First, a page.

Publication: Monitor Volume: 6 Issue: 187

On October 6, the trial of Radio Liberty correspondent Andrei Babitsky ended in Makhachkala, Dagestan. Babitsky was found guilty of holding a fake passport and was fined the equivalent of US$300. The correspondent, however, was then cleared of the punishment under an amnesty. Babitsky’s lawyers had argued that their defendant, who was arrested earlier this year with a forged Azerbaijani passport, was found with the fake passport due to extenuating circumstances. Russian forces detained Babitsky in Chechnya in January of this year, then “exchanged” him to unknown armed Chechens who subsequently let the correspondent go near Dagestan’s border with Azerbaijan after giving him a fake Azerbaijani passport. Babitsky was then arrested by Dagestani police for carrying a false passport and jailed briefly, after which he was freed and sent back to Moscow. Although he was not jailed again, neither was he allowed to travel abroad prior to his trial. Babitsky and his lawyers argued that he was forced to take the forged passport by his captors, whom he believed to be pro-Moscow Chechen gunmen.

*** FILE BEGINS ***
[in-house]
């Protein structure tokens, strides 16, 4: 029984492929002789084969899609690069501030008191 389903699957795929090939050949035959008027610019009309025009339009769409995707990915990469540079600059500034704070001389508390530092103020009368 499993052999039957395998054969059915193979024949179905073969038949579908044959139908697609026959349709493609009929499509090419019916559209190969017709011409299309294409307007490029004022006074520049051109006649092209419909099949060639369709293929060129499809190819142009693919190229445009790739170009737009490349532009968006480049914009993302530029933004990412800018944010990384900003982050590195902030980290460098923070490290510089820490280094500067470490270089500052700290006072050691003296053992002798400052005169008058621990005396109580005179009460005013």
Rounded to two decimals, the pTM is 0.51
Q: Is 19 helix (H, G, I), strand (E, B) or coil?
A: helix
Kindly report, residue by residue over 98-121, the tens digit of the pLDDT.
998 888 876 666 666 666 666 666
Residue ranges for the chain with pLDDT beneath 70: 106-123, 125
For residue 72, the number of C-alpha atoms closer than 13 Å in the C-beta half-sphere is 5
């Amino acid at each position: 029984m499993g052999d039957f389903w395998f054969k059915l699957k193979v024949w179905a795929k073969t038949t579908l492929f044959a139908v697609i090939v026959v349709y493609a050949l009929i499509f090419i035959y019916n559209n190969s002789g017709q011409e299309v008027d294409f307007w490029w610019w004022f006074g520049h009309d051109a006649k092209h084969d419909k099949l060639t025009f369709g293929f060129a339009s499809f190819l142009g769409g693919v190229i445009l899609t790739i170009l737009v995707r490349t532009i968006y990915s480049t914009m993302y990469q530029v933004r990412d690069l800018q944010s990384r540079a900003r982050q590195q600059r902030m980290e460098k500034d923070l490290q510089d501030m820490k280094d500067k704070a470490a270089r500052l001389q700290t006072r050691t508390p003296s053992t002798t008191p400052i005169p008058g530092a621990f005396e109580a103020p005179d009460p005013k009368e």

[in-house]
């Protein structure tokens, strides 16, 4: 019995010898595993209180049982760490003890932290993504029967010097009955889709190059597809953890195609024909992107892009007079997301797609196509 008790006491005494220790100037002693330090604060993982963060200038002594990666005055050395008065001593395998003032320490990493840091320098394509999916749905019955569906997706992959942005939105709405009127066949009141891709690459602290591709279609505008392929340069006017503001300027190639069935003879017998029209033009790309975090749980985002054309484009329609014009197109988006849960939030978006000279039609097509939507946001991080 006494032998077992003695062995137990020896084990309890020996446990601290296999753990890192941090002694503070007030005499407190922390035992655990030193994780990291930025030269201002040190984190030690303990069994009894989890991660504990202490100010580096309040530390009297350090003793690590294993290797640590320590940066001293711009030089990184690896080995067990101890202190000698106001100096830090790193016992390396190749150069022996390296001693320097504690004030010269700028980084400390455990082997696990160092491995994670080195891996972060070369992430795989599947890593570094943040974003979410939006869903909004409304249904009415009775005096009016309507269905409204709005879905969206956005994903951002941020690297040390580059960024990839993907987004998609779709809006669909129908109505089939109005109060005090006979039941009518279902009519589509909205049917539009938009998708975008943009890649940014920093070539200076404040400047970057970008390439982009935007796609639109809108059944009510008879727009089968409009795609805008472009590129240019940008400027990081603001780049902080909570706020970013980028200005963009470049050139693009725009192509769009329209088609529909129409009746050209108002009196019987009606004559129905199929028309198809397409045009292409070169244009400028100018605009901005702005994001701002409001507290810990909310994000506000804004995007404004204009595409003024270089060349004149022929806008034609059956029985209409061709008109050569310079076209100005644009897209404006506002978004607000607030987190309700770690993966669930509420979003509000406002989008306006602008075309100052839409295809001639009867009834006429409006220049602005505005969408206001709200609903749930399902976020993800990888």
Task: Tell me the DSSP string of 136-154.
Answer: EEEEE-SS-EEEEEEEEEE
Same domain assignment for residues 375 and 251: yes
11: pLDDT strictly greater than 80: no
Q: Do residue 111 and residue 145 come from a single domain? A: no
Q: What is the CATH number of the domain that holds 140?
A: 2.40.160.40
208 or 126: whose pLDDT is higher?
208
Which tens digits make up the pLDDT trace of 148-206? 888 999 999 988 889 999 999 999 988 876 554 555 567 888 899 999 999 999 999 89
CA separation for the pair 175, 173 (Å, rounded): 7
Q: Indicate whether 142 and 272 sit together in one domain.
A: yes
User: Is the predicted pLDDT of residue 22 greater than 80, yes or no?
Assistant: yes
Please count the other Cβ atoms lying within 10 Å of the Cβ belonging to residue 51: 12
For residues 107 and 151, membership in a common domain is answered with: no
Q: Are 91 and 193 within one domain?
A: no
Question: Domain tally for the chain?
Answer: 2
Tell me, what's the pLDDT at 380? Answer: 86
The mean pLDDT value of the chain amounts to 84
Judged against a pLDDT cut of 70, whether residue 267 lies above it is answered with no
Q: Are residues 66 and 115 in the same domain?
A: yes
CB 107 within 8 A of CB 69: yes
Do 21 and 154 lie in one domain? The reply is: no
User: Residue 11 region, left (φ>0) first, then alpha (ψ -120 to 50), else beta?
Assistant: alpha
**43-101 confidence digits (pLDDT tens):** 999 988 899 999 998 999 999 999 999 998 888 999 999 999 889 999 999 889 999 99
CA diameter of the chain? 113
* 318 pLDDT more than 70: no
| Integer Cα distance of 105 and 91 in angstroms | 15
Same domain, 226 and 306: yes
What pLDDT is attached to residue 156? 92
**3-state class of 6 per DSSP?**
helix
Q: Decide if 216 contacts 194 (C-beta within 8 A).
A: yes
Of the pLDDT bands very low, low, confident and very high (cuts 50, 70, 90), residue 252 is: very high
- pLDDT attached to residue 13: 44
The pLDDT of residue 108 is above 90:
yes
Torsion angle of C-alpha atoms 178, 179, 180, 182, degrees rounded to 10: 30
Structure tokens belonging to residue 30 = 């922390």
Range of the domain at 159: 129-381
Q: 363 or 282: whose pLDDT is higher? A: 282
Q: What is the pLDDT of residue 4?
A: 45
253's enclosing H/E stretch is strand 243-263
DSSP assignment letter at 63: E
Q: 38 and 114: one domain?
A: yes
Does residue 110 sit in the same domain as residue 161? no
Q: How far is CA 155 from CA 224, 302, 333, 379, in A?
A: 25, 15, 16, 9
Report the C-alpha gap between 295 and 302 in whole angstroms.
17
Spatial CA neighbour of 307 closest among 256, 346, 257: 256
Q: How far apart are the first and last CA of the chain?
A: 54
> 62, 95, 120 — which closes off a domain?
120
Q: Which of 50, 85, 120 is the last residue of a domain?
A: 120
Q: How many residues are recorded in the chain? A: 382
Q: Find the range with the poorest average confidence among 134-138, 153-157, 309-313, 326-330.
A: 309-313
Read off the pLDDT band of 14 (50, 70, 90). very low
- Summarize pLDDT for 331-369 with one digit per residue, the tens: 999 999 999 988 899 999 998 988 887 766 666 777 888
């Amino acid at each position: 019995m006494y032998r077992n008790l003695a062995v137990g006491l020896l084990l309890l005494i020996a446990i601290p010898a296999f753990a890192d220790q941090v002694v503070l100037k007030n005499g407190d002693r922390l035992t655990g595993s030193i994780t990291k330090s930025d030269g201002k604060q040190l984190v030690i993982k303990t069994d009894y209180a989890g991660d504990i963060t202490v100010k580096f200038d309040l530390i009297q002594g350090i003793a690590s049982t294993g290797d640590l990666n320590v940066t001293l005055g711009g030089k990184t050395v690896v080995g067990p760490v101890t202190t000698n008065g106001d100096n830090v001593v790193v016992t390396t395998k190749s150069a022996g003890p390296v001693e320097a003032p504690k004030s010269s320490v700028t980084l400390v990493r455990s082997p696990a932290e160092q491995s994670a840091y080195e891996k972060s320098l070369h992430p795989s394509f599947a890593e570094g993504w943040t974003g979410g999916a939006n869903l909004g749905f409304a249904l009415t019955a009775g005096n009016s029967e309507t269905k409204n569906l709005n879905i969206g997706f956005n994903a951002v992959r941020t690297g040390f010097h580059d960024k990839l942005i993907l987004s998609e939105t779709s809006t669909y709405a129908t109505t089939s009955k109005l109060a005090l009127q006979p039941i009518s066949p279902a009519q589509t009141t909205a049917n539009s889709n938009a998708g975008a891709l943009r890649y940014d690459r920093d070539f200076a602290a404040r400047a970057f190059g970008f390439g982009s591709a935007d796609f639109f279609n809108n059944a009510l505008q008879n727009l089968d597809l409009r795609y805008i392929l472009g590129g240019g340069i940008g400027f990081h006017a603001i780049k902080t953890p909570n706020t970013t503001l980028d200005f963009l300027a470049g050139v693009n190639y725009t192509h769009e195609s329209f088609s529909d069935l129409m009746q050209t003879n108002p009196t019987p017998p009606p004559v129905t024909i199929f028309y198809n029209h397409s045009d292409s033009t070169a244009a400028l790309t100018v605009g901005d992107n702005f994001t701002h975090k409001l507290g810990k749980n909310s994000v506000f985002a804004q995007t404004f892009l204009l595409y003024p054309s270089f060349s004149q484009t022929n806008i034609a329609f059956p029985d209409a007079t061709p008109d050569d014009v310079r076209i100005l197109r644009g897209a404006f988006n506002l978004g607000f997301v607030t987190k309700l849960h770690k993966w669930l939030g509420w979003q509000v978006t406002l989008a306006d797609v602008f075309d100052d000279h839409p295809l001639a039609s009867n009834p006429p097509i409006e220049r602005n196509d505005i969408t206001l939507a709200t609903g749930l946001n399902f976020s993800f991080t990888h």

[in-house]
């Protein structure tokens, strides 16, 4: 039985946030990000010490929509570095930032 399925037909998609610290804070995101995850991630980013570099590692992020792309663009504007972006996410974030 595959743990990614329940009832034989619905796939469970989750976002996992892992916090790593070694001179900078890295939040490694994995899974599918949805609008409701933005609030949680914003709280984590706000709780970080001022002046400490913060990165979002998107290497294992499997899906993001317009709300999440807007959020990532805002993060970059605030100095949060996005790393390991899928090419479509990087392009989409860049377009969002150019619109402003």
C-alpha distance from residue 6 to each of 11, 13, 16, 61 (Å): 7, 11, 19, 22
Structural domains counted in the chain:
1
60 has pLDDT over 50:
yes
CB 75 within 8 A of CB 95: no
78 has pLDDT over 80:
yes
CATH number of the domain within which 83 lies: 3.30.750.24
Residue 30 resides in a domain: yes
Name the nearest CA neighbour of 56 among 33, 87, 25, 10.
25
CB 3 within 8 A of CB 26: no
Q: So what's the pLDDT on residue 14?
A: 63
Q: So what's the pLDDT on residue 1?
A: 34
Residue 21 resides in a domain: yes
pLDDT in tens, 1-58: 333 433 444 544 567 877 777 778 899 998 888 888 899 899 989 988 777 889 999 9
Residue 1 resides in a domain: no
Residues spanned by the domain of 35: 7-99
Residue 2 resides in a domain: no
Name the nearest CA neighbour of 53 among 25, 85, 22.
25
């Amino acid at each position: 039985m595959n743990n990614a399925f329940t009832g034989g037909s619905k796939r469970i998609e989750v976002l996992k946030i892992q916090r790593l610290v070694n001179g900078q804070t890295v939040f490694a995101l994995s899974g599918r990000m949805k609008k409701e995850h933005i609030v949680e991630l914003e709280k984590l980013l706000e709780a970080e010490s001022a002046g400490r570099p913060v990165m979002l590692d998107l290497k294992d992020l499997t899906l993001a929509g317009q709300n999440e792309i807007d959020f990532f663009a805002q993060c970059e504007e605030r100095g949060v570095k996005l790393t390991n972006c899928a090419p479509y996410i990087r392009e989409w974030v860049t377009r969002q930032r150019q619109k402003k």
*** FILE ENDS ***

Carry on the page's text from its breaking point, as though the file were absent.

Following the verdict, Babitsky said that he would appeal his conviction and would, if necessary, take it to the European human rights court in Strasbourg. Babitsky’s lawyers, who said that the court was under strong pressure from the authorities to convict the correspondent, say that they plan to sue the Russian authorities for wrongful imprisonment. Despite his disagreement with the verdict, Babitsky, in an interview with Radio Liberty a day after his conviction, praised the judge for having presided over what he called an “absolutely open” process which had been open to the media from the start and in which all of solicitations of the defense lawyers were satisfied (Reuters, October 6; Radio Liberty, October 7).